Week in Review: September 29, 2023
October 2, 2023
Recap & Commentary
Markets ended the week lower, capping a disappointing month and reinforcing the fact that September is the worst calendar month of the year for the S&P 500. Since 1928, the venerable index has incurred an average September loss of 1.2%, followed by February with an average loss of just 0.13%.
Higher interest rates, particularly at the longer end of the Treasury curve were the primary headwind, with the 10-Year and 30-Year Treasury yields reaching their highest levels since 2007 and 2011, respectively. Higher rates of late have stemmed from a confluence of factors including concerns over the government’s ballooning debt levels, expectations regarding the Fed’s “higher for longer” approach to interest rates, improved US economic outlook, and concerns about inflation becoming entrenched at levels above the Fed’s current 2% target.
Somewhat unexpectedly, the US government avoided a shutdown following the 11th hour passage of a funding bill by the House of Representatives. For most of the week, such an outcome seemed unlikely with the House unable to agree on even on a stop-gap funding bill. However, late Saturday afternoon the House agreed to a continuing resolution to fund the government for 45 days providing both chambers of Congress the necessary time to draft a longer-term funding bill. Since 1977, Congress has only passed an annual budget on time on three occasions. During the same period, continuing resolutions have been used 200 times to fund the government for varying periods of time.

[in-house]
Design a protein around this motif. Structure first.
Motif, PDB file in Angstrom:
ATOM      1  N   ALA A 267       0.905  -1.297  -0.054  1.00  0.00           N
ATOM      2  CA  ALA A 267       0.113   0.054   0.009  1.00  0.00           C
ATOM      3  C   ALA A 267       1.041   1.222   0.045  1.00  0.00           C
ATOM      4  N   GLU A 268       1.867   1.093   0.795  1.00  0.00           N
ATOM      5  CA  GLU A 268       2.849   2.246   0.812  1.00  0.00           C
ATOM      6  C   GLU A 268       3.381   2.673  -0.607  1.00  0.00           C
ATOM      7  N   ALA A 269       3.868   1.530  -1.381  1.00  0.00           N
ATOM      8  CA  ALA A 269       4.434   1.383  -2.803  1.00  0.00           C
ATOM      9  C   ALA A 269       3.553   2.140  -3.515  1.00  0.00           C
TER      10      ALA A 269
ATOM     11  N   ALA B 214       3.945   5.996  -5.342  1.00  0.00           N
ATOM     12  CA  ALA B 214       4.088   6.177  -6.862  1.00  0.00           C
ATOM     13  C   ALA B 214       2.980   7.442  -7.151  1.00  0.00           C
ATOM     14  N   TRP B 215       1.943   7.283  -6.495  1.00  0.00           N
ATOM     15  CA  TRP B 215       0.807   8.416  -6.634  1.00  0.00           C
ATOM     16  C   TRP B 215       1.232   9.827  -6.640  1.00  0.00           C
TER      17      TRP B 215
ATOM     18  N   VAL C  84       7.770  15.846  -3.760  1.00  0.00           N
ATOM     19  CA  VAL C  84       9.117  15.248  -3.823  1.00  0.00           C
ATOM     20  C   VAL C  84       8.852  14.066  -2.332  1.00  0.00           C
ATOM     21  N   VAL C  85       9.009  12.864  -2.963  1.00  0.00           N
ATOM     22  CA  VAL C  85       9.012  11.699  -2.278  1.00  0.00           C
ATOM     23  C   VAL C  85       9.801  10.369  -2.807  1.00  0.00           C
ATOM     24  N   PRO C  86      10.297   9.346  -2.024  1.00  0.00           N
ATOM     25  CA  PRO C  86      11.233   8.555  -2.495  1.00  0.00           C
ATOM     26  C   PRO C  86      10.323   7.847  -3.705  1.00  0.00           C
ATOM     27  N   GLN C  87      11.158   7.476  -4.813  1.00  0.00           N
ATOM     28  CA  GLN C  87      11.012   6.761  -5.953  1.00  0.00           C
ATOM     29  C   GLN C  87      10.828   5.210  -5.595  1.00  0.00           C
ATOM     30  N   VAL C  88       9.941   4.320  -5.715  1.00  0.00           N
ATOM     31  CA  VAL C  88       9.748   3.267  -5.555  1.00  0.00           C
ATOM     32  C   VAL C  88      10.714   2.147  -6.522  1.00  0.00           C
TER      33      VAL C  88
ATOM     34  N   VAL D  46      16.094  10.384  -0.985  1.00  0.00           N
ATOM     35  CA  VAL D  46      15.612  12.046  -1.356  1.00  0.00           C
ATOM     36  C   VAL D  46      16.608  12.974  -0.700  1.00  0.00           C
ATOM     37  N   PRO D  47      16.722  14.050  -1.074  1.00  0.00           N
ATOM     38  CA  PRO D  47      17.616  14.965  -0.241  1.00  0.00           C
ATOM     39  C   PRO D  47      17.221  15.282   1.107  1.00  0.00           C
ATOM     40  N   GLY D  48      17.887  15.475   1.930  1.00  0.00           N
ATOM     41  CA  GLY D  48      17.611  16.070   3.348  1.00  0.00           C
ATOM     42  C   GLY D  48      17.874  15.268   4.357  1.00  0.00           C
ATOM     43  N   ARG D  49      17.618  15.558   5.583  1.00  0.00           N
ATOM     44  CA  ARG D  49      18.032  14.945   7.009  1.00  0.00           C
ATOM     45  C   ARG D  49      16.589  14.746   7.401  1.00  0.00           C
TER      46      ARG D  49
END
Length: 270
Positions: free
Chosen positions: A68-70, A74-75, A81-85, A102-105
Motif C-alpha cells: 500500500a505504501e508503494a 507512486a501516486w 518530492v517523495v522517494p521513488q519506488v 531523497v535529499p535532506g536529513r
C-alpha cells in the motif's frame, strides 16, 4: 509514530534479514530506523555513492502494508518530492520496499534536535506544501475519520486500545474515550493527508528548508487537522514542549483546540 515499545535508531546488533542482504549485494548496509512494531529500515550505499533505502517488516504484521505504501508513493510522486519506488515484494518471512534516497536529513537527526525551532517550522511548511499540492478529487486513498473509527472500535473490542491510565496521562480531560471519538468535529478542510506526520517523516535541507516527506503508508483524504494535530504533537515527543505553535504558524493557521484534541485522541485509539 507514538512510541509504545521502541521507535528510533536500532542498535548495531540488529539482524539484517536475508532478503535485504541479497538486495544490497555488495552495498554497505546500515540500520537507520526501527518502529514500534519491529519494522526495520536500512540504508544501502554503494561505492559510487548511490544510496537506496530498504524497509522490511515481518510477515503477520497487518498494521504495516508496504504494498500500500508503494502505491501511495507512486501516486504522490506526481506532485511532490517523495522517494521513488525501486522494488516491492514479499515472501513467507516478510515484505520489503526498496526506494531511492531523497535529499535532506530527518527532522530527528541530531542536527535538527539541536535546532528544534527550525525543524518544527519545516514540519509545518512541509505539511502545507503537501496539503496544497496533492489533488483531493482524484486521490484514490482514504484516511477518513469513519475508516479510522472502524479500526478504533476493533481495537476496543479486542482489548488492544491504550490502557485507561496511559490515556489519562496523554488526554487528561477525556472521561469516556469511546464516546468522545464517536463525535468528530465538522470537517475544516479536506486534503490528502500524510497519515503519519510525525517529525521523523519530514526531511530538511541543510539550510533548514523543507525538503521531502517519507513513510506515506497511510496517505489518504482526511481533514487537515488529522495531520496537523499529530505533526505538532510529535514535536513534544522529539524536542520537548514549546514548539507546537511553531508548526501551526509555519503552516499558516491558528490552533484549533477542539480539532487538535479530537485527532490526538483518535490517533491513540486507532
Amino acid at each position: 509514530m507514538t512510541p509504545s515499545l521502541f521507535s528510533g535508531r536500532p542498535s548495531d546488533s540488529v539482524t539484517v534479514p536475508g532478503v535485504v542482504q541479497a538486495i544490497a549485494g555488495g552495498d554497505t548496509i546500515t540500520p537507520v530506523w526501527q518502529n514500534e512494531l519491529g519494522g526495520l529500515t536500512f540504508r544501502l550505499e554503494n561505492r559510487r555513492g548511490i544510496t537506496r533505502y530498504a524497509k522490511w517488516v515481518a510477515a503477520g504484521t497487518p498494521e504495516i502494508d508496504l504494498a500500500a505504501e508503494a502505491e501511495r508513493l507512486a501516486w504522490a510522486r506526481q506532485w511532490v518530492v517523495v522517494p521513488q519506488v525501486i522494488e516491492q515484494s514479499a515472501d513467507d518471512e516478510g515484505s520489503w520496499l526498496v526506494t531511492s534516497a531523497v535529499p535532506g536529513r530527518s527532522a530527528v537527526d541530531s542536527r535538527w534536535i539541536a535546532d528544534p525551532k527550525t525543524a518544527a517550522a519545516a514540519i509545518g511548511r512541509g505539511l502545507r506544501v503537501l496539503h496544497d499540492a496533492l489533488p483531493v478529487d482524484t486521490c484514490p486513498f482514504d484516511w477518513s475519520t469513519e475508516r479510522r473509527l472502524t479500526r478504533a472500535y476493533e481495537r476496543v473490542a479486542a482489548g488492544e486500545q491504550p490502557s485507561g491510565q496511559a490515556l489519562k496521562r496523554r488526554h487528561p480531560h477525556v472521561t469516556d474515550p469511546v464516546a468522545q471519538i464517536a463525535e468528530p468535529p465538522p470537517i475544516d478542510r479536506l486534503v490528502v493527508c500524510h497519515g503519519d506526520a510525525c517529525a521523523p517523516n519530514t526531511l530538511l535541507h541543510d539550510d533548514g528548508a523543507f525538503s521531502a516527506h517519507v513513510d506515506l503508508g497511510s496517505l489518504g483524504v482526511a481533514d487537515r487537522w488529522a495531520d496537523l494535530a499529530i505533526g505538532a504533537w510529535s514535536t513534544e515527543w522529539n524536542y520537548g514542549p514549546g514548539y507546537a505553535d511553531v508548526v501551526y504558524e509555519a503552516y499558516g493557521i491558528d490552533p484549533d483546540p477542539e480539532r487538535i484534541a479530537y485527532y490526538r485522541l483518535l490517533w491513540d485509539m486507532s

A busy economic calendar was highlighted by core personal consumption expenditures (PCE) inflation, the Fed’s preferred inflation measure. For the month of September, core PCE rose just 0.1%, slightly less than the 0.2% consensus estimate. Compared to a year ago core PCE slowed to 3.9%, its slowest pace since September 2021 and down from 4.3% recorded in August. While the decline is likely to be welcomed by the Fed, it is unlikely to change the Fed’s approach to monetary policy as it attempts to return inflation to 2%.
After a strong start to the year, new home sales fell nearly 9% in August, to their lowest level since March. Pending home sales fared no better, falling 7%. Both were impacted by higher mortgage rates which, according to Freddie Mac, hit a new 23-year high of 7.31% during the past week.
Orders for durable goods (items designed to last 3+ years) were effectively flat in September after declining over 5% in August. A more refined measure of business spending showed orders grew 0.9%, their fastest pace since January,
Consumer confidence rose slightly, aided by a small improvement in how consumers view the current state of the economy. More interestingly, consumers’ 1- and 5-year inflation expectations fell 0.3% and 0.2%, respectively, to 3.5% and 3.0%. Both expectations were 0.1% higher than expected, another reminder of the Fed’s need to remain vigilant in its fight against inflation.
Student loan payments will resume in October for millions of borrows after being suspended since March 2020. According to the Department of Education, nearly 44 million borrowers owe a combined $1.6T. With savings rates already back below pre-COVID levels, inflation still elevated, and consumer credit card debt recently eclipsing $1T for the first time on record, many borrowers will face difficult choices in order to make their monthly student loan payments.
Market Indices (As of 09/29/2023)
|U.S. Bond Market||-1.0%|
|10-Year Treas. Yield||4.58%|
|WTI Oil ($/bl)||$91|
The Week Ahead
- Sept. Employment Report
- ISM Manufacturing
- ISM Services
- Consumer Credit
- Imports & Exports
- Weekly Jobless Claims